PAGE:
All good-intentioned and informed Catholics who spend time educating themselves about Scripture and theology want to follow Christ, seek and embrace the truth and save souls. In your world view anyone who disagrees with a teaching of sexual ethics are not interested in saving souls, are misleading Catholics and offending God. Shame on you Tim. You don't see how hateful your comments become when you let your emotions and rigid adherence to teachings over-whelm your reasoning and cause you to engage in denigrating attacks on the character of your well-intentioned interlocutors.

Lastly, please don't lecture me about the warnings of Christ. Your comments often condemn anyone who argues or even whispers that a teaching should be the subject of a rethinking. You also distort every argument I put forth. Go back and read my comments on slavery and usury Tim. They demonstrate that the Church has changed and reformed these teachings. Even during the time of Christ, Paul and Matthew made exceptions to the law. These facts are not the central argument I make. Yes these teachings were taught as truth for centuries but were reformed. However, these arguments I made were only in response to your distorted view that every teaching of the magisterium is the absolute moral truth as well as your constant denial that slavery, usury and freedom of religion were never reformed. So, please be honest here Tim and stop twisting my past arguments to suit your ideology.

I don't argue that following every teaching is wrong or that following every teaching will not lead to salvation. Salvation is more complicated than 'following the law'. You can disagree and remain a faithful Catholic. Everyone who disagrees is not going to hell Tim. They are interested in saving souls, even when their arguments call for a rethinking. A rethinking Tim, not a demand or anarchy. That is what respectful debate is all about.

This is my last comment. I have no desire to continue debating you especially when you start to question and denigrate my character, motivations, personal holiness, and intentions, not to mention deliberately distorting my words and their meanings. Trust me, I will speak my mind again as circumstances permit.

Tim O'Leary
3 days 16 hours ago

Michael - I never denigrated your personal faith life (" I can imagine you...seek personal holiness") and I think your list of good works in paragraph 2 are exemplary. So, why do you spend so many words chasing a phantom charge never made, imagining hate when I am just complaining about your exclusive focus on sexual ethics? I can only assume you read this too quickly before you understood what I said (that seems to happen a lot). Nothing hateful is intended by saying you obsess about sexual morality. As you say yourself "It is true that I argue about sexual ethical issues because they are my interest..." I have never said you are going to hell for anything you said. My simple complaint is you mostly blog against well-established Church teaching, and never about how people can be holy or the salvation of souls - you don't. I don't contend that everyone who disagrees with the Church or me is going to hell. I never said you were going to hell. So, why write that? It is true that you disagree with the Magisterium on many ethical issues, and some doctrinal ones (like Mary's perpetual virginity or the male priesthood). My complaints have never been about your personal life, but with your blogging mission against orthodoxy. Please consider if this is the mission best for those who are reading what you write.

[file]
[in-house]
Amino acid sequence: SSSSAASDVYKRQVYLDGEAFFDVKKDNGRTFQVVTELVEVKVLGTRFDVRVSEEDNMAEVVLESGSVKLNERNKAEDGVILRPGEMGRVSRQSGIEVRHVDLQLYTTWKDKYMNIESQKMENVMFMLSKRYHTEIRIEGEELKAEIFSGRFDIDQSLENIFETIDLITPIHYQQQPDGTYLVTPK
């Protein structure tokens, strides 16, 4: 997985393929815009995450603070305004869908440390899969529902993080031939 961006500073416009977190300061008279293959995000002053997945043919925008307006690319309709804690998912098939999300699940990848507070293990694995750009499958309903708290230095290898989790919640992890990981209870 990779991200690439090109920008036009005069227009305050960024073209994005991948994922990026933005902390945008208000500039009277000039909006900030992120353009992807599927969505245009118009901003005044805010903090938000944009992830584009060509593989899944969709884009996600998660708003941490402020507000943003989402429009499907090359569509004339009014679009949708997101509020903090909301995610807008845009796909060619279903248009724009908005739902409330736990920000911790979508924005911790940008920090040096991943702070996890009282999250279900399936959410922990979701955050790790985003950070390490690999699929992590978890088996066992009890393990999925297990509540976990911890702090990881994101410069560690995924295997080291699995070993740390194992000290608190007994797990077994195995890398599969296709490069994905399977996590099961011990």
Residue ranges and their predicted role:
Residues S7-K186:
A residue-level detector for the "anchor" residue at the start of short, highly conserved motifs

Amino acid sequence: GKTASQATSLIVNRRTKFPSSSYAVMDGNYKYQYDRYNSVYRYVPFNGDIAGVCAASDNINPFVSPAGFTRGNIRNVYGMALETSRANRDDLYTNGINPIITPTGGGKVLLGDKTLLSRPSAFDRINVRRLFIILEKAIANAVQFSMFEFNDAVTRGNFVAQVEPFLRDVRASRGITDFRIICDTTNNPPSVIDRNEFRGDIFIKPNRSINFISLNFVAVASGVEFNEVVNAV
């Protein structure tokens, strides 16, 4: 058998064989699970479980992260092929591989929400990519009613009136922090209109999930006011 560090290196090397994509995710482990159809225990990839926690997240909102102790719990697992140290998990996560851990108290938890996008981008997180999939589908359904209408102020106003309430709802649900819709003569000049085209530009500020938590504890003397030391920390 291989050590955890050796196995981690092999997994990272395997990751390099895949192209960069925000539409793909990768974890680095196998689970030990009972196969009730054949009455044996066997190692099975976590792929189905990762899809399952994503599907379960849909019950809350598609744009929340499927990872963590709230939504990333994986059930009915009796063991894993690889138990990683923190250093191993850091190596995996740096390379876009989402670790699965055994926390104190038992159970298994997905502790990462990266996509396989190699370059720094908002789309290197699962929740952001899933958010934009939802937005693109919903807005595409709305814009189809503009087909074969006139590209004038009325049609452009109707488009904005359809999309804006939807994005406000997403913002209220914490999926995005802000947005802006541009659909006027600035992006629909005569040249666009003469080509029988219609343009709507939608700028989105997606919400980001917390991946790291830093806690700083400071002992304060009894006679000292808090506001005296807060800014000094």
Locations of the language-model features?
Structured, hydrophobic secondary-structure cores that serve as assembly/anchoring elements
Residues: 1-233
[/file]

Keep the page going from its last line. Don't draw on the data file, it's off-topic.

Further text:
lynne miller
1 week 4 days ago

deleted duplicate post

bill carson
1 week 4 days ago

Someday, the Church will actually, you know, make a genuine effort to prohibit homosexuals from becoming priests and especially bishops. But that "someday" might be 50 years from now. For now, it's all talk and NO action.

Proper procedures should have been in place 100 years ago, if not 500 years ago.

Frank Elliott
1 week 4 days ago

Five hundred years ago your Church was burning homosexuals to death in Venice. Normal homosexuals avoid the church like the social disease that it is. Only the abnormal consider becoming priests.

Tim O'Leary
1 week 4 days ago

Frank - It was terrible that anyone would be burnt for any crime or sin, and you don't have to go back 500 years to see that many millions were burnt for just being Christian or Jewish, in the 20th century, under the atheistic Nazis or Communists. But, past injustice should not blind us to the truth. Sex cannot save anyone from death, physical or spiritual. True salvation comes from the Truth. The Church cannot abandon that for the sake of sentimentality or fashion, or anything. If she did, we have the word of Jesus that we would all be going to hell, where the fire in unquenchable.

Gail Bederman
1 week 4 days ago

Historically, sometimes people have seen "homosexuality" as an act--sex between men. In other times and places, people have seen "homosexuality" as an identity--people are "homosexual" whether they act on their attractions or not. If one reads the entire interview (including the bits quoted by other commentators) it is really uncertain which definition Pope Francis is drawing on. By saying that "homosexuals have no place in the seminary," he might be saying that people in the seminary must not engage in sexual acts with one another--which,as other commentators say, here, is nothing new as nobody in the seminary should engage in sexual acts of any kind. Conversely, he might well be saying that people with same-sex attractions have no place in the seminary even if they never act on those attractions. Either interpretation fits his word, since it's not at all clear which of the above definitions (each of which have been common in different times and places) he is using even in the Italian, much less in the English translation. I personally hope he means the former, but we will see.